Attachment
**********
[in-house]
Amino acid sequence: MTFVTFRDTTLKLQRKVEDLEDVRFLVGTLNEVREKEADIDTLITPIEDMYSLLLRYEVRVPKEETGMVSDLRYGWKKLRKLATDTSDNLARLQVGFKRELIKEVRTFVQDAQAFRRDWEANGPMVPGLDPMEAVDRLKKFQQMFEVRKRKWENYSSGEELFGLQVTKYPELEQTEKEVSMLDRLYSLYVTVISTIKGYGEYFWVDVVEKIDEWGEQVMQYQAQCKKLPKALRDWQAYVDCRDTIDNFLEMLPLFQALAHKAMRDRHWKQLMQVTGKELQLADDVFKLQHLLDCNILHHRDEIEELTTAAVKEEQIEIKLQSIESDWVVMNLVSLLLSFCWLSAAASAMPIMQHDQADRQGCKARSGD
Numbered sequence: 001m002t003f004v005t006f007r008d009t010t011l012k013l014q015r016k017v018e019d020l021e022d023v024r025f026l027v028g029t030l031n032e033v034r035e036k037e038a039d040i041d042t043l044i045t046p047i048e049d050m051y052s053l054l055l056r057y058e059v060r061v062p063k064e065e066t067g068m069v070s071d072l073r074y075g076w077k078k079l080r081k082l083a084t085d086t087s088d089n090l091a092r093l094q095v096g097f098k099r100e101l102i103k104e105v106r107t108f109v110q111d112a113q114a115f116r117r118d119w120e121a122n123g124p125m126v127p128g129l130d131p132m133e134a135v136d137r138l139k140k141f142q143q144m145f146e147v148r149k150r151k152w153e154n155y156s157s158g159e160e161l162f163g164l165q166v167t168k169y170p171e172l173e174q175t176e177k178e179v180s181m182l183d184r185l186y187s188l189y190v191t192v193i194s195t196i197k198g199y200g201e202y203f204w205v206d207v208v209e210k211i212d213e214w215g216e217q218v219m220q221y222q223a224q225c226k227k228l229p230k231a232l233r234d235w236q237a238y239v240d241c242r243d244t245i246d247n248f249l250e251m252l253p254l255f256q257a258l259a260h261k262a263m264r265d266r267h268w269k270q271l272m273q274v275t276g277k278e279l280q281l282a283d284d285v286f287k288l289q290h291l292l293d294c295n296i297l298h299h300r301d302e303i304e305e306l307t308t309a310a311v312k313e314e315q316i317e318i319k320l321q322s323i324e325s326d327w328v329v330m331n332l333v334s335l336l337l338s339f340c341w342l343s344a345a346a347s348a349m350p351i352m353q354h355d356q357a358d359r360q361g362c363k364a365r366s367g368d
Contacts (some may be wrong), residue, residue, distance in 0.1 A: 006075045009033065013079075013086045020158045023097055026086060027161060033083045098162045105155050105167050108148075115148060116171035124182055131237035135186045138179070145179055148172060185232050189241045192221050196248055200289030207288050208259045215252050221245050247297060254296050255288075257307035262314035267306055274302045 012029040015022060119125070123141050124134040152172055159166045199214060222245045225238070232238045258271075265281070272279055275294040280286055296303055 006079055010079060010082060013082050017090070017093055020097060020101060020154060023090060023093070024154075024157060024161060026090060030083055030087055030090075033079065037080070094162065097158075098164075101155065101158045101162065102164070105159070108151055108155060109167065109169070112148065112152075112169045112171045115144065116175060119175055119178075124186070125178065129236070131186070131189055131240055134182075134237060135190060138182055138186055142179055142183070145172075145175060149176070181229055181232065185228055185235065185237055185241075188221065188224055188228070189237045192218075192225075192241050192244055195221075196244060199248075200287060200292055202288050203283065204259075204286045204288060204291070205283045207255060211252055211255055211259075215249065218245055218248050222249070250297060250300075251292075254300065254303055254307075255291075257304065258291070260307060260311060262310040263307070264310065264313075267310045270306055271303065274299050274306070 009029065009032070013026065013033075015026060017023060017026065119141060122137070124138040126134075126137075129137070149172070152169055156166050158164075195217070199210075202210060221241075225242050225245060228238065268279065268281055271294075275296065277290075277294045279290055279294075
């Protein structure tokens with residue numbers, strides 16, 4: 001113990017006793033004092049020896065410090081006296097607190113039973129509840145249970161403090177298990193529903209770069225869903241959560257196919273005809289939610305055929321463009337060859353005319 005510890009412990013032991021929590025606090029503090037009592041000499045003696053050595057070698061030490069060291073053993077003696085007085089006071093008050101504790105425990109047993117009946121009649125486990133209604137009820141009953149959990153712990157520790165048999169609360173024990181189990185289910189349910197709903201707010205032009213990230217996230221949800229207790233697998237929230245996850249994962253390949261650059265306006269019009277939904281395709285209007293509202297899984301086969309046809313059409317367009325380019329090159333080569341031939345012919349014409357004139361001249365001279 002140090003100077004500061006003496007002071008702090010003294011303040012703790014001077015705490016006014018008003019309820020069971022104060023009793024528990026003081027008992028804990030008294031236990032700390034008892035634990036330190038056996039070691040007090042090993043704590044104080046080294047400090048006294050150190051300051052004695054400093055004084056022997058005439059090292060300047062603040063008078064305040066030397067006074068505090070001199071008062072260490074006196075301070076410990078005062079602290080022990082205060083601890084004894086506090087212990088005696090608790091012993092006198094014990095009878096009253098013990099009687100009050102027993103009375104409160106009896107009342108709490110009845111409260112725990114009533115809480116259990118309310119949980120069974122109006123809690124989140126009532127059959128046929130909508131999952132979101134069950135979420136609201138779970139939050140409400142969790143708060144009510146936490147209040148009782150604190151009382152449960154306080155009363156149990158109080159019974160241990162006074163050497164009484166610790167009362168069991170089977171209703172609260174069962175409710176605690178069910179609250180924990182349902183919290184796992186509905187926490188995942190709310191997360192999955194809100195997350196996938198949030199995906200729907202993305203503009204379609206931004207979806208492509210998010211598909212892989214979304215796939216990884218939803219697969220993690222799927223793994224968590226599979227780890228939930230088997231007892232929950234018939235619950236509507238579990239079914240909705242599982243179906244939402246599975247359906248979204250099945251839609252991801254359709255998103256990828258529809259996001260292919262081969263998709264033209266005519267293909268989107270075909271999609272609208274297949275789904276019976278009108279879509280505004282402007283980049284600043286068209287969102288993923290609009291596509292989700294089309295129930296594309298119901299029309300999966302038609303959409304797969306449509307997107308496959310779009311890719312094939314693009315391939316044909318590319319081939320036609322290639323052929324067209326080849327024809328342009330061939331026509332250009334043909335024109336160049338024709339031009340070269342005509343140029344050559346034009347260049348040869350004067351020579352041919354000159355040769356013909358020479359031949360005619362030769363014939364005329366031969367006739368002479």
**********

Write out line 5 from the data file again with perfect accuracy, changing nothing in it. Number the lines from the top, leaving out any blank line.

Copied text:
């Protein structure tokens with residue numbers, strides 16, 4: 001113990017006793033004092049020896065410090081006296097607190113039973129509840145249970161403090177298990193529903209770069225869903241959560257196919273005809289939610305055929321463009337060859353005319 005510890009412990013032991021929590025606090029503090037009592041000499045003696053050595057070698061030490069060291073053993077003696085007085089006071093008050101504790105425990109047993117009946121009649125486990133209604137009820141009953149959990153712990157520790165048999169609360173024990181189990185289910189349910197709903201707010205032009213990230217996230221949800229207790233697998237929230245996850249994962253390949261650059265306006269019009277939904281395709285209007293509202297899984301086969309046809313059409317367009325380019329090159333080569341031939345012919349014409357004139361001249365001279 002140090003100077004500061006003496007002071008702090010003294011303040012703790014001077015705490016006014018008003019309820020069971022104060023009793024528990026003081027008992028804990030008294031236990032700390034008892035634990036330190038056996039070691040007090042090993043704590044104080046080294047400090048006294050150190051300051052004695054400093055004084056022997058005439059090292060300047062603040063008078064305040066030397067006074068505090070001199071008062072260490074006196075301070076410990078005062079602290080022990082205060083601890084004894086506090087212990088005696090608790091012993092006198094014990095009878096009253098013990099009687100009050102027993103009375104409160106009896107009342108709490110009845111409260112725990114009533115809480116259990118309310119949980120069974122109006123809690124989140126009532127059959128046929130909508131999952132979101134069950135979420136609201138779970139939050140409400142969790143708060144009510146936490147209040148009782150604190151009382152449960154306080155009363156149990158109080159019974160241990162006074163050497164009484166610790167009362168069991170089977171209703172609260174069962175409710176605690178069910179609250180924990182349902183919290184796992186509905187926490188995942190709310191997360192999955194809100195997350196996938198949030199995906200729907202993305203503009204379609206931004207979806208492509210998010211598909212892989214979304215796939216990884218939803219697969220993690222799927223793994224968590226599979227780890228939930230088997231007892232929950234018939235619950236509507238579990239079914240909705242599982243179906244939402246599975247359906248979204250099945251839609252991801254359709255998103256990828258529809259996001260292919262081969263998709264033209266005519267293909268989107270075909271999609272609208274297949275789904276019976278009108279879509280505004282402007283980049284600043286068209287969102288993923290609009291596509292989700294089309295129930296594309298119901299029309300999966302038609303959409304797969306449509307997107308496959310779009311890719312094939314693009315391939316044909318590319319081939320036609322290639323052929324067209326080849327024809328342009330061939331026509332250009334043909335024109336160049338024709339031009340070269342005509343140029344050559346034009347260049348040869350004067351020579352041919354000159355040769356013909358020479359031949360005619362030769363014939364005329366031969367006739368002479």